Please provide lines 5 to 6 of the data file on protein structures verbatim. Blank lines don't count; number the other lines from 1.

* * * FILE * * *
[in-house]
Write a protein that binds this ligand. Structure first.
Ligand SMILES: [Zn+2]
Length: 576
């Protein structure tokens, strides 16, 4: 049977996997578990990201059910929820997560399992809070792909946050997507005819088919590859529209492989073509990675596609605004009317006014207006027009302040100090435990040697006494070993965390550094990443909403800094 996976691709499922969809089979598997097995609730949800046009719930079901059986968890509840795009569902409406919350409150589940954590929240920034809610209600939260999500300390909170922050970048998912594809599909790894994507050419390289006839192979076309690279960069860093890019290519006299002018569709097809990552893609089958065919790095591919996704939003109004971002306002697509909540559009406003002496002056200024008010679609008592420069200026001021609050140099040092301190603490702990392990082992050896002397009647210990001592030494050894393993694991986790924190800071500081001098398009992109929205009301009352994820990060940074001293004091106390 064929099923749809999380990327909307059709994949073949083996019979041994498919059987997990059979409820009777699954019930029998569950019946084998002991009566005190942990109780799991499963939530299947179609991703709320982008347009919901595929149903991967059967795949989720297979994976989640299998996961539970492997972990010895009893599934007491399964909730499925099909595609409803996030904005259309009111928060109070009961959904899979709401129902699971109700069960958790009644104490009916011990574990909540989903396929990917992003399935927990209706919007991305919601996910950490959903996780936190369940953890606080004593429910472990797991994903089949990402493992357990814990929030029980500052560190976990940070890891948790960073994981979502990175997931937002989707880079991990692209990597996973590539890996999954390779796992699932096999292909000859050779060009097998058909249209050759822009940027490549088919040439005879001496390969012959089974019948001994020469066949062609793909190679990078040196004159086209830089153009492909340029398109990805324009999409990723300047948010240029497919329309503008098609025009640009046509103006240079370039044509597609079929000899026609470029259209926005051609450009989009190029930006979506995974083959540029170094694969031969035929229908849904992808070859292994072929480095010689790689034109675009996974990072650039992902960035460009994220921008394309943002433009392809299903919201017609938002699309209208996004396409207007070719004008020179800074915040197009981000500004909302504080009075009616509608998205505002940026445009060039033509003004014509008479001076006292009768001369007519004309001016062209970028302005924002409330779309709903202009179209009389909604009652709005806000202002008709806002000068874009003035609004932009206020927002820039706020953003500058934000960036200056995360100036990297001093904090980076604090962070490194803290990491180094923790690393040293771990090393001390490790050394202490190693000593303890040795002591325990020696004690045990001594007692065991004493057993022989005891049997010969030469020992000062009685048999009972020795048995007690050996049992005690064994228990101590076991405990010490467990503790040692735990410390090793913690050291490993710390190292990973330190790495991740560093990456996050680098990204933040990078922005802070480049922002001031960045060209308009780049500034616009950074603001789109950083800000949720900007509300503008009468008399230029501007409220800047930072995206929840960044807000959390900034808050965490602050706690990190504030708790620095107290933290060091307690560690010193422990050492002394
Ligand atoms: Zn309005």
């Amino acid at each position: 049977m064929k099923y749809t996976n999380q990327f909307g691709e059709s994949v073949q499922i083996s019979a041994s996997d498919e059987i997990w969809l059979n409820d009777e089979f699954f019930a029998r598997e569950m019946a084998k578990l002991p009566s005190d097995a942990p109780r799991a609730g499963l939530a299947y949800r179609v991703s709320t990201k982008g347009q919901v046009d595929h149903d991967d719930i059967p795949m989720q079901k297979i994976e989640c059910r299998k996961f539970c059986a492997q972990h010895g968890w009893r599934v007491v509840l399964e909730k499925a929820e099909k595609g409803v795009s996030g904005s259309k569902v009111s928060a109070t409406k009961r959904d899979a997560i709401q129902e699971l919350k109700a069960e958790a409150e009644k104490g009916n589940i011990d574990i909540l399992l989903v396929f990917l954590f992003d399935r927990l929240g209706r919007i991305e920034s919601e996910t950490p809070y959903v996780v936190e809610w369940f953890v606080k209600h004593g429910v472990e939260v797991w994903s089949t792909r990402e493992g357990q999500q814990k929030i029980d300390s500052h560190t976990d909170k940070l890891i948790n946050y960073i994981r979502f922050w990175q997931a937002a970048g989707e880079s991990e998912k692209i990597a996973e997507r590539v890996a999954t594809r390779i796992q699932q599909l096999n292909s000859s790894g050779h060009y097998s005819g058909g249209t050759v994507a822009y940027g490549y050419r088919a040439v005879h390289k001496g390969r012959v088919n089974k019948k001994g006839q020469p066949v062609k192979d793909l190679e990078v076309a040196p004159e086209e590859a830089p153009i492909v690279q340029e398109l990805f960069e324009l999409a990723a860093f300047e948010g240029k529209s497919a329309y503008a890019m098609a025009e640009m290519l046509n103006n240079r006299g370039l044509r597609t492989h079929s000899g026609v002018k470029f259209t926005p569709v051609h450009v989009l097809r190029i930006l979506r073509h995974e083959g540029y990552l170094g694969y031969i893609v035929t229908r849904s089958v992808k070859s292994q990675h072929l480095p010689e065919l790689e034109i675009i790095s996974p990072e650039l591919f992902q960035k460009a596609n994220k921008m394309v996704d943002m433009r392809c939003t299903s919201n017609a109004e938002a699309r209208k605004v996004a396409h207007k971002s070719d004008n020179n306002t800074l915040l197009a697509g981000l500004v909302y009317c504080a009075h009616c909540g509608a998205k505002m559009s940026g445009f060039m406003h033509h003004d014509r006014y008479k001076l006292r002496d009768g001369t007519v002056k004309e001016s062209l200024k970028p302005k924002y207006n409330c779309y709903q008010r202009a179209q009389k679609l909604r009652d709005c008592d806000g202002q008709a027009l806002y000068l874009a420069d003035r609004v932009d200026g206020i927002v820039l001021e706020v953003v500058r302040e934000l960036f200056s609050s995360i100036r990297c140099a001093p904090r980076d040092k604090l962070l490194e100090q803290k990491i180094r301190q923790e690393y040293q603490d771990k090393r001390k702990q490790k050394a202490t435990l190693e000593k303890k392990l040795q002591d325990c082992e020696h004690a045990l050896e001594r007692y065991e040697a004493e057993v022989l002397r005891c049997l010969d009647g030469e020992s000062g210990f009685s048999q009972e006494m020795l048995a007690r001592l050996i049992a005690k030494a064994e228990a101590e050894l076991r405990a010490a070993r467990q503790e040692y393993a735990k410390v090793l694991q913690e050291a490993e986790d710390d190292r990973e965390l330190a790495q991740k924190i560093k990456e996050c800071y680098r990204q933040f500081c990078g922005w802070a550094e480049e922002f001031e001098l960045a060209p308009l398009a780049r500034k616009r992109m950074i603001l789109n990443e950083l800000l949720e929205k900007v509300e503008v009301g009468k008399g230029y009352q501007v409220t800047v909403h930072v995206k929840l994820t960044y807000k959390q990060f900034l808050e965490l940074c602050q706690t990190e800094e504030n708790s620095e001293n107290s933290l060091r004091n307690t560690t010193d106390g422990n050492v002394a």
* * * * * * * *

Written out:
């Protein structure tokens, strides 16, 4: 049977996997578990990201059910929820997560399992809070792909946050997507005819088919590859529209492989073509990675596609605004009317006014207006027009302040100090435990040697006494070993965390550094990443909403800094 996976691709499922969809089979598997097995609730949800046009719930079901059986968890509840795009569902409406919350409150589940954590929240920034809610209600939260999500300390909170922050970048998912594809599909790894994507050419390289006839192979076309690279960069860093890019290519006299002018569709097809990552893609089958065919790095591919996704939003109004971002306002697509909540559009406003002496002056200024008010679609008592420069200026001021609050140099040092301190603490702990392990082992050896002397009647210990001592030494050894393993694991986790924190800071500081001098398009992109929205009301009352994820990060940074001293004091106390 064929099923749809999380990327909307059709994949073949083996019979041994498919059987997990059979409820009777699954019930029998569950019946084998002991009566005190942990109780799991499963939530299947179609991703709320982008347009919901595929149903991967059967795949989720297979994976989640299998996961539970492997972990010895009893599934007491399964909730499925099909595609409803996030904005259309009111928060109070009961959904899979709401129902699971109700069960958790009644104490009916011990574990909540989903396929990917992003399935927990209706919007991305919601996910950490959903996780936190369940953890606080004593429910472990797991994903089949990402493992357990814990929030029980500052560190976990940070890891948790960073994981979502990175997931937002989707880079991990692209990597996973590539890996999954390779796992699932096999292909000859050779060009097998058909249209050759822009940027490549088919040439005879001496390969012959089974019948001994020469066949062609793909190679990078040196004159086209830089153009492909340029398109990805324009999409990723300047948010240029497919329309503008098609025009640009046509103006240079370039044509597609079929000899026609470029259209926005051609450009989009190029930006979506995974083959540029170094694969031969035929229908849904992808070859292994072929480095010689790689034109675009996974990072650039992902960035460009994220921008394309943002433009392809299903919201017609938002699309209208996004396409207007070719004008020179800074915040197009981000500004909302504080009075009616509608998205505002940026445009060039033509003004014509008479001076006292009768001369007519004309001016062209970028302005924002409330779309709903202009179209009389909604009652709005806000202002008709806002000068874009003035609004932009206020927002820039706020953003500058934000960036200056995360100036990297001093904090980076604090962070490194803290990491180094923790690393040293771990090393001390490790050394202490190693000593303890040795002591325990020696004690045990001594007692065991004493057993022989005891049997010969030469020992000062009685048999009972020795048995007690050996049992005690064994228990101590076991405990010490467990503790040692735990410390090793913690050291490993710390190292990973330190790495991740560093990456996050680098990204933040990078922005802070480049922002001031960045060209308009780049500034616009950074603001789109950083800000949720900007509300503008009468008399230029501007409220800047930072995206929840960044807000959390900034808050965490602050706690990190504030708790620095107290933290060091307690560690010193422990050492002394
Ligand atoms: Zn309005």